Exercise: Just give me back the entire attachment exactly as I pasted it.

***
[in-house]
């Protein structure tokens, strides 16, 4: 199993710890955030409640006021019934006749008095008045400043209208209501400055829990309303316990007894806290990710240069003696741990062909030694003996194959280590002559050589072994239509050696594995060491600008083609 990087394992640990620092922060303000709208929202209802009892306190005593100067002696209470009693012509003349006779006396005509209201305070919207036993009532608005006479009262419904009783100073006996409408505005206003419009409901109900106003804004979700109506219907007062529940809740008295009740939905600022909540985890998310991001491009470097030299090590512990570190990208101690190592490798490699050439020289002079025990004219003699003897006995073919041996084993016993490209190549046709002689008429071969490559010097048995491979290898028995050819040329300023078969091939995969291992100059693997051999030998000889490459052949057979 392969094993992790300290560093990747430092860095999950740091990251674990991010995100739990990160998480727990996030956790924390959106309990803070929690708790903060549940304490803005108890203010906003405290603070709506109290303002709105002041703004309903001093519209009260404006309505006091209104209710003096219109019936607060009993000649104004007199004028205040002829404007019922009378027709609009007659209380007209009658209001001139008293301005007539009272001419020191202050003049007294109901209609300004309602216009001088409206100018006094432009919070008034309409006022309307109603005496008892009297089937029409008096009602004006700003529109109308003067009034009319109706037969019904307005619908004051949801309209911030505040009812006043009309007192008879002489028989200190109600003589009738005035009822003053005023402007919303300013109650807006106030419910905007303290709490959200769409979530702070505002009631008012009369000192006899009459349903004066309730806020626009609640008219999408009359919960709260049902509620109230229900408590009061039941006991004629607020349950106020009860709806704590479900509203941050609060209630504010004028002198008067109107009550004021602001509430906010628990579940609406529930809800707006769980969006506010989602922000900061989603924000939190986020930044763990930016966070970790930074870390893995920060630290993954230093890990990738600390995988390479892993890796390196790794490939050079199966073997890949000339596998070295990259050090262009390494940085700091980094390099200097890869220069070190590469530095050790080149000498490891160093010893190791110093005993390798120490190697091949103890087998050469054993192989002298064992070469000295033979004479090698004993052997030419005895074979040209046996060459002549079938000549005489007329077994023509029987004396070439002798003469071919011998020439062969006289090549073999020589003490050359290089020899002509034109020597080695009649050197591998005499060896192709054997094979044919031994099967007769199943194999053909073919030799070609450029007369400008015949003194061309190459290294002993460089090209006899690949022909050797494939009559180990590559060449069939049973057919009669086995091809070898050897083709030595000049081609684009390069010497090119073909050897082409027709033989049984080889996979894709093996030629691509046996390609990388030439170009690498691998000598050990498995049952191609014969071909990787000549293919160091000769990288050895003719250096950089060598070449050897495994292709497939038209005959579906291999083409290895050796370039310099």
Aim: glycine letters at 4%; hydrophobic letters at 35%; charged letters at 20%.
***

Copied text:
[in-house]
């Protein structure tokens, strides 16, 4: 199993710890955030409640006021019934006749008095008045400043209208209501400055829990309303316990007894806290990710240069003696741990062909030694003996194959280590002559050589072994239509050696594995060491600008083609 990087394992640990620092922060303000709208929202209802009892306190005593100067002696209470009693012509003349006779006396005509209201305070919207036993009532608005006479009262419904009783100073006996409408505005206003419009409901109900106003804004979700109506219907007062529940809740008295009740939905600022909540985890998310991001491009470097030299090590512990570190990208101690190592490798490699050439020289002079025990004219003699003897006995073919041996084993016993490209190549046709002689008429071969490559010097048995491979290898028995050819040329300023078969091939995969291992100059693997051999030998000889490459052949057979 392969094993992790300290560093990747430092860095999950740091990251674990991010995100739990990160998480727990996030956790924390959106309990803070929690708790903060549940304490803005108890203010906003405290603070709506109290303002709105002041703004309903001093519209009260404006309505006091209104209710003096219109019936607060009993000649104004007199004028205040002829404007019922009378027709609009007659209380007209009658209001001139008293301005007539009272001419020191202050003049007294109901209609300004309602216009001088409206100018006094432009919070008034309409006022309307109603005496008892009297089937029409008096009602004006700003529109109308003067009034009319109706037969019904307005619908004051949801309209911030505040009812006043009309007192008879002489028989200190109600003589009738005035009822003053005023402007919303300013109650807006106030419910905007303290709490959200769409979530702070505002009631008012009369000192006899009459349903004066309730806020626009609640008219999408009359919960709260049902509620109230229900408590009061039941006991004629607020349950106020009860709806704590479900509203941050609060209630504010004028002198008067109107009550004021602001509430906010628990579940609406529930809800707006769980969006506010989602922000900061989603924000939190986020930044763990930016966070970790930074870390893995920060630290993954230093890990990738600390995988390479892993890796390196790794490939050079199966073997890949000339596998070295990259050090262009390494940085700091980094390099200097890869220069070190590469530095050790080149000498490891160093010893190791110093005993390798120490190697091949103890087998050469054993192989002298064992070469000295033979004479090698004993052997030419005895074979040209046996060459002549079938000549005489007329077994023509029987004396070439002798003469071919011998020439062969006289090549073999020589003490050359290089020899002509034109020597080695009649050197591998005499060896192709054997094979044919031994099967007769199943194999053909073919030799070609450029007369400008015949003194061309190459290294002993460089090209006899690949022909050797494939009559180990590559060449069939049973057919009669086995091809070898050897083709030595000049081609684009390069010497090119073909050897082409027709033989049984080889996979894709093996030629691509046996390609990388030439170009690498691998000598050990498995049952191609014969071909990787000549293919160091000769990288050895003719250096950089060598070449050897495994292709497939038209005959579906291999083409290895050796370039310099």
Aim: glycine letters at 4%; hydrophobic letters at 35%; charged letters at 20%.